Telling young people about the magic of the creative sector

,  19 January 2018

My family and I were lucky enough to have seen the Snowman this Christmas at The Peacock Theatre in London.You are transported to another world at the theatre, the performers really do allow you to suspend your reality and just immerse yourself in the beauty of the performance.

In the interval my little one (4.5 yrs old) turned to me and said, "Mummy, did you help an apprentice work on this show? Are they doing the lighting? I’d like to make it look like it’s snowing with lights, that looks fun."

This made me really think about the work that we do and how imperative it is that we let young people know about these career options. About how they could make it ‘snow’ with lights or distract you with lighting and special effects so you miss the snowman melting off stage *sniff*.

It is never too early to let young people know about ‘the magic’ in our sector and the different roles people have in helping make this happen.

Career options for the creative industries

In a world where the X Factor, The Voice and Britain’s Got Talent focus on the performer (which many young people aspire to be), how often do we think about all the people behind the scenes making a performance possible? The CEO of one of this country’s largest and most prestigious venues once told us that for every single person on stage, three are needed behind the scenes to make the performance possible.

Costume makers, wig weavers, prosthetics experts and prop makers are just a few examples of the wonderful, and sometimes weird, career opportunities out there, one just has to know about how to get into them!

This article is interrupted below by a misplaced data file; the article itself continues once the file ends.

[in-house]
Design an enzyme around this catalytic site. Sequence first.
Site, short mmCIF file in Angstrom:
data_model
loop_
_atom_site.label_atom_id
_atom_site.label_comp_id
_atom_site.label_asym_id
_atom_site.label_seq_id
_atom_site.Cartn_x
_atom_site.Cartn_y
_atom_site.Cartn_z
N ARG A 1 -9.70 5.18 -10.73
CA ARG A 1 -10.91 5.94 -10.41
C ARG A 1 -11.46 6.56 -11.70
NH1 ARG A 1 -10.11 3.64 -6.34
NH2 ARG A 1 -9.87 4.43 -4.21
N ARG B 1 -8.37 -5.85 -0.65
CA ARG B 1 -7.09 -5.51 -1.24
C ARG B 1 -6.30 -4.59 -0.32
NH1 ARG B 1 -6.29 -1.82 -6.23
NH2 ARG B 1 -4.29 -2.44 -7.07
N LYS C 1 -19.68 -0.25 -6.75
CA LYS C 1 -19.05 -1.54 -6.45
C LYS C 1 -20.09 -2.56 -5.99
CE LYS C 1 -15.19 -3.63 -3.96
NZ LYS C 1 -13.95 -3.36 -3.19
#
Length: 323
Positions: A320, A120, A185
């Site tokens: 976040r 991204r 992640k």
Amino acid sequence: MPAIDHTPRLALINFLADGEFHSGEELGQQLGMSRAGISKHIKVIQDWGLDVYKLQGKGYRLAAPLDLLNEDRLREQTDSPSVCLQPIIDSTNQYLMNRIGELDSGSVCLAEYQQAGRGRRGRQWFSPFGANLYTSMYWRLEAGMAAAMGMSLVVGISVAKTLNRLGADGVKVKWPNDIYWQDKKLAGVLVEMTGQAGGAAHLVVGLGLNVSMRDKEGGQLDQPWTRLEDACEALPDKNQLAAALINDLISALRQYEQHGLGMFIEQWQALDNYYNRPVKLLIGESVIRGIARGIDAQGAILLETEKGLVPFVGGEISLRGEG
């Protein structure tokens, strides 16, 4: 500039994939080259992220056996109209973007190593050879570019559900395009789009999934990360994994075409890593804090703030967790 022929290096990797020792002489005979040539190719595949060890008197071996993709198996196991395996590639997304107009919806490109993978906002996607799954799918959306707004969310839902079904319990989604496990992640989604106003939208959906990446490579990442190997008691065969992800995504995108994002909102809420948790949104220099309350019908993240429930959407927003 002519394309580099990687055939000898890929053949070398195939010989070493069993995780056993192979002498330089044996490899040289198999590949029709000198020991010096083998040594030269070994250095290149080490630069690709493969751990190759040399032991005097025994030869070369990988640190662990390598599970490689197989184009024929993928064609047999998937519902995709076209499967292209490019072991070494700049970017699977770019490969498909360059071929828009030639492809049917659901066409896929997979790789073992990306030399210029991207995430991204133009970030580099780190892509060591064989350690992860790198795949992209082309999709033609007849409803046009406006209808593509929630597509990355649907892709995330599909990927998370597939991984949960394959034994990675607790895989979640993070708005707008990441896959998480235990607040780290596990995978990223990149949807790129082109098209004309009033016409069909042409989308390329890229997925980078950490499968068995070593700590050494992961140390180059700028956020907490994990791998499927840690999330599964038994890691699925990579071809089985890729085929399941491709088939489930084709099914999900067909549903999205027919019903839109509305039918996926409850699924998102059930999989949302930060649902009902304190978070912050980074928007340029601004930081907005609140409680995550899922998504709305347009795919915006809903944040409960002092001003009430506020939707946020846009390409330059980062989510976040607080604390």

Employers are critical in giving young people the information to succeed in a creative career.

I told my daughter about how I work with employers and education providers to give young people the opportunity to learn and work in the creative industries and open up almost limitless possibilities to develop skills in this world leading sector.

It is something she accepts and realises could be a career option for her (although she currently wants to be a ‘doctor teacher’ so I might be barking up the wrong tree, but at least I know she is aware of other options should her current career ambitions not be met).

I am conscious that many young people sadly don’t have this awareness. If their parents don’t have the information or the school doesn’t have a creative focus or the local college does not have a creative course then how do they find out about these options?

Educating young people about their future

In order to ensure that the wide range of creative careers across our collective industries are celebrated and understood, we must ensure we come together and bang on a united drum when it comes to educating young people about their future.

The more cohesive we are as an industry, the better. We welcome the government’s new careers strategy which focuses on a joined up approach with key delivery partners, employers, schools, local government, parents and young people working together to allow them to fully understand the different careers there are and how they can be accessed, but this can only have impact for our sector if those providing careers advice make a point of learning about the very wide range of jobs that we have to offer.

For years we have recognised how critical employers are in giving young people the information to succeed in a creative career. We have worked hard to support them to develop outreach programmes via Creative Choices events, workshops or live events in partnership.

Research from the Education and Employers Taskforce shows that a young person who has four or more encounters with an employer is 86% less likely to be unemployed or not in education or training.

There are lots of careers out there to consider, but if we each just spark one young person’s interest in the sector, and help them understand what creates ‘the magic’, perhaps they too can distract you whilst the snowman melts off stage.

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